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Legal Issues when using Social Media for Employment Screening

By December 16, 2015December 9th, 2020Commercial

Most people are finding ways to use social media for their own advantage, so it makes sense that employers would do the same. Many employers use popular social media sites to screen potential candidates. They know that applicants can lie on paper applications and resumes, so using social media sites enables employers to learn more about each individual. Hiring takes time, money and resources. In today's economy, few employers can afford to have a high turnover rate, so they are taking every step necessary to prevent that.

By looking at social media profiles, employers may spot problem candidates. For example, a reckless candidate may post a status message about partying and using illegal substances. Since the information is often public and always free, employers simply see it as a way to prevent losing money. However, this practice may actually end up costing a fortune. If a candidate is turned down for a job because of information on his or her social media profile, that individual may be able to file a discrimination lawsuit. It is important for employers to remember that discrimination laws also apply during the screening process. To be protected from such an event, remember the following three tips.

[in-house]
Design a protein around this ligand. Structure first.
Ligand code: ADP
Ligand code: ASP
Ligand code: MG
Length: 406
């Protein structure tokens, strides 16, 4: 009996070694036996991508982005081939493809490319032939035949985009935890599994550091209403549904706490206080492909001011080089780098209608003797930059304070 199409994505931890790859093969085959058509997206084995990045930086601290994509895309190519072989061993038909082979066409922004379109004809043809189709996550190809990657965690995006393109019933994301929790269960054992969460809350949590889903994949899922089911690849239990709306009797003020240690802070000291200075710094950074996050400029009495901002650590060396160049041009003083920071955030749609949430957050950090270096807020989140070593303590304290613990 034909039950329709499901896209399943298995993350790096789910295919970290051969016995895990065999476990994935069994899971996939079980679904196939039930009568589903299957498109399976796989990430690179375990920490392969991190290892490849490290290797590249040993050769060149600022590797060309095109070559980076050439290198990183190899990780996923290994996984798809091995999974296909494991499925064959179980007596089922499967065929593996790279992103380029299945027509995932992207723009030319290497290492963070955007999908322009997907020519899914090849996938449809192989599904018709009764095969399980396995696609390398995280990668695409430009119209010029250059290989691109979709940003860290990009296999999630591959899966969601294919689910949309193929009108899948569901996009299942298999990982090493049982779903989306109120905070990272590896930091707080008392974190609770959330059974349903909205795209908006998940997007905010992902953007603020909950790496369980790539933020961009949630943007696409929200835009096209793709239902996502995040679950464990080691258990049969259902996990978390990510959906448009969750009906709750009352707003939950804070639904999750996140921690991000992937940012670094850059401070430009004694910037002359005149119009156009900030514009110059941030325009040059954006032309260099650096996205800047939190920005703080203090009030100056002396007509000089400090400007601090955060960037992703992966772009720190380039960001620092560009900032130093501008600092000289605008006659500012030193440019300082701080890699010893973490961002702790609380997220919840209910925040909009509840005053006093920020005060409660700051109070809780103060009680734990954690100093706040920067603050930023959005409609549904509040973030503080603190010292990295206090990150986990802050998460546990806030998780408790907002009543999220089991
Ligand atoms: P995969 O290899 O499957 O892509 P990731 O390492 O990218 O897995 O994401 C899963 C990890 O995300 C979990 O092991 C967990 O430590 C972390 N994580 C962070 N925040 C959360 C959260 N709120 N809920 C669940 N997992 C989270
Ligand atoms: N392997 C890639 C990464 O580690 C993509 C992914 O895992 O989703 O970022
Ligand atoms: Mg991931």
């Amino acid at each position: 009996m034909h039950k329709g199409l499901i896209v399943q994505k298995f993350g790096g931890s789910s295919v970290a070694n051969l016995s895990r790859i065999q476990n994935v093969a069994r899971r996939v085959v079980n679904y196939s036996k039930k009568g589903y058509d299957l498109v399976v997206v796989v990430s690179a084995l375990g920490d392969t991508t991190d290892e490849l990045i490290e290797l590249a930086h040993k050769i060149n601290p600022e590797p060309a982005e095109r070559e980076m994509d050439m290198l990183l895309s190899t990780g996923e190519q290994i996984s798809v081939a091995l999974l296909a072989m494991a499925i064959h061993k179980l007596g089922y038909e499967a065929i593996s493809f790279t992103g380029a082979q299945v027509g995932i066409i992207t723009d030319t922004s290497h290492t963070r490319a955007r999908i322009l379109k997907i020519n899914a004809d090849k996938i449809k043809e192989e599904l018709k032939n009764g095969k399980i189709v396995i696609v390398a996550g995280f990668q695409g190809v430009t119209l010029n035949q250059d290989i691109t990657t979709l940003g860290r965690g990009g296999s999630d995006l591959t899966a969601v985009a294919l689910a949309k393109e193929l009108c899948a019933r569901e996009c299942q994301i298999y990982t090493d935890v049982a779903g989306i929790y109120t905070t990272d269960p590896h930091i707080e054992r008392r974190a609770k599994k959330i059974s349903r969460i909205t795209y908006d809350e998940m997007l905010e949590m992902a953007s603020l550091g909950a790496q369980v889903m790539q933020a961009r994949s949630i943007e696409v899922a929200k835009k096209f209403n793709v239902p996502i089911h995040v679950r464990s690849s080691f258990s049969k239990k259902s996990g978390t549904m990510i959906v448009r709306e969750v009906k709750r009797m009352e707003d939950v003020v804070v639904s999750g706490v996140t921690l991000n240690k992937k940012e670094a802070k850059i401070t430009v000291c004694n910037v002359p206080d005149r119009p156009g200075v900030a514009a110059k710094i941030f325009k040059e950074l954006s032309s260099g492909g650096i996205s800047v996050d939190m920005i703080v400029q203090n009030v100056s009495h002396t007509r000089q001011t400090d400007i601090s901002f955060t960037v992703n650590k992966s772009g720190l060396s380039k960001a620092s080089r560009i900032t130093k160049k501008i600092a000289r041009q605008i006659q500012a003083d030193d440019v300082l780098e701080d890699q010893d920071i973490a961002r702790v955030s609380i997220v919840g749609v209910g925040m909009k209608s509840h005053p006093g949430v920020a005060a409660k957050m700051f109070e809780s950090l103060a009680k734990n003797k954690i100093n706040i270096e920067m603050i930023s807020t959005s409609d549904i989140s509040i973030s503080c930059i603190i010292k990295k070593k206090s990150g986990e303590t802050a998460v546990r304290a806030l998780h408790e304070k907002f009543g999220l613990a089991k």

1. Only learn what is permissible. By reading a social media profile, an employer can learn information about a candidate that could not be asked in a job interview. For example, if an employer sees that a candidate has radical political beliefs, he or she will not be able to ask that candidate such questions. Most employers know that asking about religion, political beliefs and certain personal details can be considered discrimination. If the information learned cannot be asked in an interview, avoid wasting time looking for it.

2. Keep thorough records. It is important to retain records about all applicants. Be sure to indicate why each individual was hired or declined. Writing down the non-discriminatory reasons for refusing to hire a person may take extra time. However, if there is ever suspicion of discrimination, it is important to have this information available immediately.

3. Maintain a non-discriminatory appearance. Use the job description to make a checklist of qualifications. When browsing social media pages, look for those qualifications on the sites of each applicant. This is the only acceptable way to use these sites.

Keep in mind that a social media site may not always have true information. Many applicants know that employers might be looking at their individual pages, so they polish them to look as appealing as possible. The overall idea to remember is that social media sites must be used with extreme caution or simply avoided.